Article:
Nicolas Winding Refn got the idea for the film while his wife was pregnant with their second daughter. He felt very existentialistic and felt he had much anger and violence in him, but did not know how to let it out. Suddenly he had the idea that the definite person to hold all the answers to existential questions and life's problems was God and imagined himself having a physical fight with God.
Production hit a snag when it became necessary to pay off the local authorities in order to get permission and protection to film at night, including firing gunshots, for certain scenes. Refn and star Ryan Gosling were invited to a film festival in Thailand. After some negotiating and taxes, they received 90,000 USD in cash for showing up. Refn recounts in his commentary how, having never seen that amount in cash in his entire life, he enjoyed counting it out himself. It was enough to bribe the necessary authorities, and production continued.
In his commentary, Nicolas Winding Refn states that Bangkok is a radically different city depending on the time of day. If it is daytime, it is, in his words, like Disney Land. By night, however, things are far more sinister.
Nicolas Winding Refn's approach to the movie changed when his daughter saw a ghost in her room in Thailand. He said that in the west, they'd have locked him up if he said there was a ghost, but in the Orient they called a shaman to make the spirit go away. He claimed that that experience made him realize that spirituality had another meaning in Asia, and that he wanted to make a movie with that kind of mysticism.
According to a Nicolas Winding Refn Q&A at Bam, the infamous insult "Cum Dumpster" was added into the movie after Refn (late one night) asked Ryan Gosling to come up with a list of the most vile words you could say to a woman. That word was at the top of his list.
Nicolas Winding Refn said that Gaspar Noé's work was an inspiration during the making of the movie. The latter was seen visiting the set during the shooting in Bangkok. He is also in the Special thanks of the credits.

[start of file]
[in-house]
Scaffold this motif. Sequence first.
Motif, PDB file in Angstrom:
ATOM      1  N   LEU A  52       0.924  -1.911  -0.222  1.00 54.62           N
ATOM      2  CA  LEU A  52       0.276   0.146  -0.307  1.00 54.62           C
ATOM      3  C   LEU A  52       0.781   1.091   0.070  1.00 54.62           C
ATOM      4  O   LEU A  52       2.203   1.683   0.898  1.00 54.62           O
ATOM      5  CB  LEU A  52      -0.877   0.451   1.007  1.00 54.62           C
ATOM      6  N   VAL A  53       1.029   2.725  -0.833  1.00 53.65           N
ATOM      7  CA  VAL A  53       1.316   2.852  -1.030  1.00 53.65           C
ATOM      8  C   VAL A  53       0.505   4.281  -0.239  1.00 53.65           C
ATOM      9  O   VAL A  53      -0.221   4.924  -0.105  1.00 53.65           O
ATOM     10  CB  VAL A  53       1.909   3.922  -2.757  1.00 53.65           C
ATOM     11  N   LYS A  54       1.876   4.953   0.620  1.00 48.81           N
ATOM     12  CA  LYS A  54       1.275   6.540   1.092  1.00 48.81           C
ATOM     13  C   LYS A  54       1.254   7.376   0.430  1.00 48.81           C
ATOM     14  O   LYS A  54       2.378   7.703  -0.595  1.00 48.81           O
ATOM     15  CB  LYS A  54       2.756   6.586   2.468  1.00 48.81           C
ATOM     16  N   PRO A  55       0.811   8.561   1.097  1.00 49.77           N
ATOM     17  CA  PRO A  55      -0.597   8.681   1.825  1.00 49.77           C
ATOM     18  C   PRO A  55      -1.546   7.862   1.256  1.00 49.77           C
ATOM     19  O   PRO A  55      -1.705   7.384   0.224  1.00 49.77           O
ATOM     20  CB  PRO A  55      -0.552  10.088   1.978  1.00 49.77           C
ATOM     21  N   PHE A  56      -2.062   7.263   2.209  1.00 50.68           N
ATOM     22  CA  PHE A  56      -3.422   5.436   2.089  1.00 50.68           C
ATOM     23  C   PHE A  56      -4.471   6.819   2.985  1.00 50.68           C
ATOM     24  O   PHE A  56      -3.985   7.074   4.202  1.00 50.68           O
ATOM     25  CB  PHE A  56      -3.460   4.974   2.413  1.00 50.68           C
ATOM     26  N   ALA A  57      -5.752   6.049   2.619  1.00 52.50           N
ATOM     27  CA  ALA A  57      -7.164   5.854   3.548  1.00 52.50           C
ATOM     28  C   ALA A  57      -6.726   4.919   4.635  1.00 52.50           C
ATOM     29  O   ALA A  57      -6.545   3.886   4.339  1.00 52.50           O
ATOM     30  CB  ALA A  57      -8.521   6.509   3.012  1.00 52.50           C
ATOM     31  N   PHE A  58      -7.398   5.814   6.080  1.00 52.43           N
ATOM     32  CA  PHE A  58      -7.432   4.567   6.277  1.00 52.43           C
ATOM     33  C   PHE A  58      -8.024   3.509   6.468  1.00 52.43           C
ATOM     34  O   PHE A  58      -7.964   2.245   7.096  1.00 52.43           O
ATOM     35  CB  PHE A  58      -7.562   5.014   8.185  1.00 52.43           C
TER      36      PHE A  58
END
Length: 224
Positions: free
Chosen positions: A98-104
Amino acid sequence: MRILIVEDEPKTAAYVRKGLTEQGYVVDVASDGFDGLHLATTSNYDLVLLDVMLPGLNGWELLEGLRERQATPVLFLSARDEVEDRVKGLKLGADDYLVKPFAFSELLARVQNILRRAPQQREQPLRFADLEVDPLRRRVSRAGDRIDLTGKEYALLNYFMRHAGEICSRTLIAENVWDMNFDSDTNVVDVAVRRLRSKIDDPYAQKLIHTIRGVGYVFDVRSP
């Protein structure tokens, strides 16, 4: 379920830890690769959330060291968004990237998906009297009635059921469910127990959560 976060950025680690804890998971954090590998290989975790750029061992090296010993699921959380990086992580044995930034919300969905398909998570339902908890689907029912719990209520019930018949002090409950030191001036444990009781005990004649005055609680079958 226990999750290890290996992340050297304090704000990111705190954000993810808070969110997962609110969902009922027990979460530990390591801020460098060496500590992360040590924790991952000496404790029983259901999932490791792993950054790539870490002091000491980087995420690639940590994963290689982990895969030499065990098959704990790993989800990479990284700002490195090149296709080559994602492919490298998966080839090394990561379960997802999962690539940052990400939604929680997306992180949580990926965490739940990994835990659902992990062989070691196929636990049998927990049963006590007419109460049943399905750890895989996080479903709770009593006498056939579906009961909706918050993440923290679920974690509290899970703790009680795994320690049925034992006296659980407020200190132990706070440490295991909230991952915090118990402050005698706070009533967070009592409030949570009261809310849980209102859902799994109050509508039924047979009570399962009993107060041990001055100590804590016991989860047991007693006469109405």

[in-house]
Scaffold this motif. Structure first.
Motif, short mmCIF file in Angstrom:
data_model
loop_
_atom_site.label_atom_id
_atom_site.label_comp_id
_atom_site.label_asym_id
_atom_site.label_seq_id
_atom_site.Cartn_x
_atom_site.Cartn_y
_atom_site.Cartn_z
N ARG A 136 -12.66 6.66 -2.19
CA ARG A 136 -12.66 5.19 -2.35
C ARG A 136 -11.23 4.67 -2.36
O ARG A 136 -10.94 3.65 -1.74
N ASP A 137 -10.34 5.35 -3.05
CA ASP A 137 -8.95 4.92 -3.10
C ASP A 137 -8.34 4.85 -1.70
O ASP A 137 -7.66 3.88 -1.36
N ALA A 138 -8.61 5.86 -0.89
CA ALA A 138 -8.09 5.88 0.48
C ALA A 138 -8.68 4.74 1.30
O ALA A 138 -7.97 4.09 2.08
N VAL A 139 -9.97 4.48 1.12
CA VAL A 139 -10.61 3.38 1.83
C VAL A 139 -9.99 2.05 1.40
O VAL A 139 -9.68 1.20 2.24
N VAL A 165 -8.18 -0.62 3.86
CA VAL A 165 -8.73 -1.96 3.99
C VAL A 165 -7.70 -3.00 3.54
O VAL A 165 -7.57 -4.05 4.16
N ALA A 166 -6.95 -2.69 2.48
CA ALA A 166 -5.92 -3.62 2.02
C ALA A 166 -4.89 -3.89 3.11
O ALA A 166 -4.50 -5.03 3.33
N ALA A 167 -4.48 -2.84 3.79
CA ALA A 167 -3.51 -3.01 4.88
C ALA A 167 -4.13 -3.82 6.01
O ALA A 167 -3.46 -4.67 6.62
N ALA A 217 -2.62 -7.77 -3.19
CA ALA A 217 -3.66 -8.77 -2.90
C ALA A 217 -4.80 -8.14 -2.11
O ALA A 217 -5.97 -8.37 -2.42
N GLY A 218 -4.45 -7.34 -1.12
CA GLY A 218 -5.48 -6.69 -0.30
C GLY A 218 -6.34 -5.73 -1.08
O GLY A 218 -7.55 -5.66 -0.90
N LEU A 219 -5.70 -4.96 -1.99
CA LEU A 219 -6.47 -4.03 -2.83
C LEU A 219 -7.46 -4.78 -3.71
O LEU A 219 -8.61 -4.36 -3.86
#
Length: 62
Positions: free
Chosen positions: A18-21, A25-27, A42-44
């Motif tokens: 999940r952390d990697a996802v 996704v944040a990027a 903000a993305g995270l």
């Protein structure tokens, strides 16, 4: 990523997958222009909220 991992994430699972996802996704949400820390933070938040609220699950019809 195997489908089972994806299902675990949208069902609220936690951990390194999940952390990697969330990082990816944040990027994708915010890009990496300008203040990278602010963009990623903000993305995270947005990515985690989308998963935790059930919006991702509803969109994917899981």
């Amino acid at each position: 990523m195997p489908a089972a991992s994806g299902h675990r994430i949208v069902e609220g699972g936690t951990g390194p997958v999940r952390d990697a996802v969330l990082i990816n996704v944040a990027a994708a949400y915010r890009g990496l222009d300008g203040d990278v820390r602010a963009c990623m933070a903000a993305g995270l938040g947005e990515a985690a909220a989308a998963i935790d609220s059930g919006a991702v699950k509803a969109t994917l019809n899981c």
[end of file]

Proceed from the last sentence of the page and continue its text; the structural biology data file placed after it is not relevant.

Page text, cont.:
The fight scene between Chang and Julian turned out differently in an earlier version of the script: Chang and Julian wore traditional clothes and before fighting they both performed a traditional dance, and at some point of the fight Julian was winning until Chang says "I forgive you" and ends up beating Julian.
In terms of the musical inspiration for this film, Refn refers to how much of an influence the scores of Bernard Herrmann were. For the temp score that they edited the film to, they used Herrmann's score from The Day the Earth Stood Still (1951), which, Refn found out soon after, is composer Cliff Martinez's personal favorite.
The short sword that Chang wields seems to be a 'Kachin dha', from the Jingpho or Kachin people who inhabit the Kachin Hills in northern Burma's Kachin State, and neighboring areas of China and India. The name 'dha' is used for a wide variety of knives and swords used by many people across Myanmar (Burma), Thailand, Yunnan, Laos, Cambodia and Vietnam.
The trivia items below may give away important plot points.
It was Ryan Gosling's idea to open the stomach of Julian's dead mother. He had it after director Nicolas Winding Refn asked him if he'd rather smile or cry after Julian's mom's death. He replied that he'd open her uterus to see what's inside.